Programmed for Design
Configura software is photo realistic, so the office space looks like it will when built out, complete with the proper fabrics and finishes.
Mountain Dew seems to be the fuel that keeps computer programmers running, so it was no surprise to see the conference room at Configura's U.S. headquarters in Grand Rapids littered with the highly caffeinated green cans and bottles. Goran Rydqvist, one of the founders of the space planning software company, had just led a group of computer programmers though a seminar that would help them use Configura's CET Designer to its maximum potential.
The programmers around the table included many of Configura's largest manufacturer customers like Steelcase and Haworth. Each of the companies and many of their dealers run customized versions of CET Designer and Rydqvist was in Grand Rapids from the company's headquarters in Sweden, helping them make the most of what Configura has to offer. Rydqvist invented the programming language and the basic Parametric Graphical Configuration model that provides the underlying structure for all Configura does. PGC makes it easy and intuitive to use CET Designer. It does not take much to get Rydqvist started on the benefits of PGC. To say he is a PGC evangelist is not overstating his passion for what he and his team of developers have designed.
To the uninitiated, the technology provides information concerning how the different parts and pieces (in our industry, office furniture) can be combined, what their relationship is to one another and which limitations exist. In addition, the PGC software automatically calculates and provides costs, specifications and other information necessary for production, assembly and ordering. And it does it in a way that is so easy and seamless that anyone can use it.
So you will have to excuse Rydqvist for his passion, which was on display last week as the company held its Manufacturers' Roundtable Meeting and Developers' Conference at its North American headquarters in Grand Rapids. "What is the foundation of the Configura idea?" he asked participants at the Developers' Conference. "Most software is overly complicated and would not fit our purpose."
Configura's fight is similar to what Apple faced before its recent surge of popularity: People like using Configura's products, but they are used to working in different systems, including some that are seemingly more complicated to use. Rydqvist believes the PGC model is superior. Here's why:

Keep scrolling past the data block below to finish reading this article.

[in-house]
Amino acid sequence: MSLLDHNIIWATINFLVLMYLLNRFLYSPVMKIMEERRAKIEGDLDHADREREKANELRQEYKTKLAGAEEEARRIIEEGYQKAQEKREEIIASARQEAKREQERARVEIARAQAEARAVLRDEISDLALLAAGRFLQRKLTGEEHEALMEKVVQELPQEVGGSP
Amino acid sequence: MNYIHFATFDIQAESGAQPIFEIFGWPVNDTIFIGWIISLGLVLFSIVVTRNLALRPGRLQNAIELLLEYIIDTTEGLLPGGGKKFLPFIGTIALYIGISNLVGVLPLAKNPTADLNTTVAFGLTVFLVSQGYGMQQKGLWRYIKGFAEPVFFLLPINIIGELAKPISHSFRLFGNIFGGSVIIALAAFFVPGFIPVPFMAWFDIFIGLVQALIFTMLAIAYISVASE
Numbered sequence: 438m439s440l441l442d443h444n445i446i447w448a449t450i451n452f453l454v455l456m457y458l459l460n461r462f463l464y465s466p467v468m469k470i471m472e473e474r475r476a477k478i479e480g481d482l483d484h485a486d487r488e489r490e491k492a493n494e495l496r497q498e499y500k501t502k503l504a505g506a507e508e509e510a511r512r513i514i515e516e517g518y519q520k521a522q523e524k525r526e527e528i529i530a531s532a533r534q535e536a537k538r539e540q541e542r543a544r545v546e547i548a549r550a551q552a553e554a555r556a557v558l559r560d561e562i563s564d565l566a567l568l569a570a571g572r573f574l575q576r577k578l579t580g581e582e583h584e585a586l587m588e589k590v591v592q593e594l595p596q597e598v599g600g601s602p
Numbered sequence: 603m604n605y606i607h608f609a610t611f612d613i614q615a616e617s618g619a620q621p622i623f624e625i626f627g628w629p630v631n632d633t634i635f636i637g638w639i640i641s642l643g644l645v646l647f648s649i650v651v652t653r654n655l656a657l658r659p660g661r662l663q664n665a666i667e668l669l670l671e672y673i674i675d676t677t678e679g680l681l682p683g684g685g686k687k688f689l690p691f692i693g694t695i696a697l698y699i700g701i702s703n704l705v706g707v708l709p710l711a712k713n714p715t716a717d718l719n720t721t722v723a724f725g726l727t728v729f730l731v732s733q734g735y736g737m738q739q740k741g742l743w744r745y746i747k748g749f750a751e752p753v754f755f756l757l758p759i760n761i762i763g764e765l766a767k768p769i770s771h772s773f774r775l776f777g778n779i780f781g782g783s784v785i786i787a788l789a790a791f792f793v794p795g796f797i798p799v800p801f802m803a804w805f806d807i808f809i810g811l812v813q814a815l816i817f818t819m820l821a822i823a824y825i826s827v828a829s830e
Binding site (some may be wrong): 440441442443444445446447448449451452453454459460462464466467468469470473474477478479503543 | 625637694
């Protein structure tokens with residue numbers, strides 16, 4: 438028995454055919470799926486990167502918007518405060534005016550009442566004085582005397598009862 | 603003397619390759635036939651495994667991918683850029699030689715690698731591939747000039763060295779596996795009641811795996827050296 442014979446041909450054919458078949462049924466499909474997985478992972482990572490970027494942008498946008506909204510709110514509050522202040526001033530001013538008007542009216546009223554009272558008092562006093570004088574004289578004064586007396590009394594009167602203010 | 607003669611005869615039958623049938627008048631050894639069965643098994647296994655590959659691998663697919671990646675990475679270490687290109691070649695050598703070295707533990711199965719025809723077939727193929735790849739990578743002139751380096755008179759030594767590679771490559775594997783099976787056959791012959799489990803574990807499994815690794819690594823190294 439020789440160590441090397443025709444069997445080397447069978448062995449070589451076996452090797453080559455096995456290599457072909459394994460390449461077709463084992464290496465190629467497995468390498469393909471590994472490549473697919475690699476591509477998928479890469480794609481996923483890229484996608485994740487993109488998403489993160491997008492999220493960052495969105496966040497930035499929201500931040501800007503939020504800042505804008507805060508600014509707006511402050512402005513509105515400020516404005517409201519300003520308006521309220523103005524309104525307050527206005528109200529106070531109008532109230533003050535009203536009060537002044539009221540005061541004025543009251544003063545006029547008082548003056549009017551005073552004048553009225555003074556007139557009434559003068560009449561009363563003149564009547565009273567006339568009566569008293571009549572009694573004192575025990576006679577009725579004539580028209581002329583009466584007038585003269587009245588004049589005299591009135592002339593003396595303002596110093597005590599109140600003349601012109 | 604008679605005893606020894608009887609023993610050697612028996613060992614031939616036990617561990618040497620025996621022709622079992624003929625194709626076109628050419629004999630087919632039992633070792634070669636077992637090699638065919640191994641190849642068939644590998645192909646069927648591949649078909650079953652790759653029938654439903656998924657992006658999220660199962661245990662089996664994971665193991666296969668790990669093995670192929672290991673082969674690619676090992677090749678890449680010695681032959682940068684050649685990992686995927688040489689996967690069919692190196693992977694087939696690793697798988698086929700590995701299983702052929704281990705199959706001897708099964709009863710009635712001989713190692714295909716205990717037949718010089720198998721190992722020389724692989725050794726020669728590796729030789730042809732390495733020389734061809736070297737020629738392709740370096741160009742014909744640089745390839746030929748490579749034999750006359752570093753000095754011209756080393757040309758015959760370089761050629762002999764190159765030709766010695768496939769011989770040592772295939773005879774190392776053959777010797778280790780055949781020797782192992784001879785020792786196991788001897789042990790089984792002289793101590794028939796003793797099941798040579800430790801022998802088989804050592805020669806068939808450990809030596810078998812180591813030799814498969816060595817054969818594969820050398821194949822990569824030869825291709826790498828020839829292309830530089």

Imagine a dealer salesman at a customer meeting. Instead of pulling out a sketch pad, he pulls out his laptop. Using the Configura software, the salesman draws in walls, desktops, task chairs, file cabinets. The Configura software is photo realistic, so the office space looks like it will when built out, complete with the proper fabrics and finishes. It looks slick and helps the salesman land the deal. But the power of the software is really behind the scenes. All documentation is created automatically and is continuously consistent and up-to-date. With the push of a button, the software can send the order to the manufacturer for production.
PGC is easy to use because it is so visual. Users pull graphic symbols into the space that actually look like the product they are specifying. A company might have thousands of items in its product range, but Configura software simplifies all of it.
Though it is easy enough for a salesman to use, CET Designer was not created to replace the interior designer function. It simply provides another tool to make it easier for dealers to secure projects and communicate the details of those projects with its manufacturers. "PGC really makes that chain (between the dealer and manufacturer) complete," Rydqvist said. "It gets rid of the obstacles in the back end."
PGC allows programmers to do what they do best -- program -- and removes the need for programmers to do what they tend to do poorly -- act as interior designers. Still, Configura and PGC allows for and encourages creativity from the programmer, with the driving force being how the designers work and how the programmer can make that job as efficient as possible. "All of us have to fight to create PGC and not allow it to become data loading. The code has to be beautiful too," Rydqvist said.
PGC should be quick and effortless to use, he said. Common tasks must be automated and the technical aspects of the product hidden. The sales process should be streamlined and errors eliminated. The user should be able to control the program through a single mouse button and through direct manipulation. Gestures should be intuitive.
There should be a minimum of flipping and flopping of images and slow and unresponsive operations should be eliminated. "I hate all the hierarchy of dialog (boxes)," Rydqvist said. "It disrupts the flow and makes it hard to understand if you are not a programmer."
Rydqvist encouraged the programmers gathered to be more like children -- playful, experimental, explorative. He said programmers should make discoveries through trial and error and role play.
In many ways, Rydqvist was preaching to the choir. Programmers seem to intuitively understand the power of PGC, but one of the frustrations among Configura executives is that the many top managers at manufacturing companies do not get it. "One of the fundamental problems with PGC is that it takes 'touch and feel' to understand it," he said. "If you have never used it or experienced it, it is going to be hard to understand the fundamental coolness of it."
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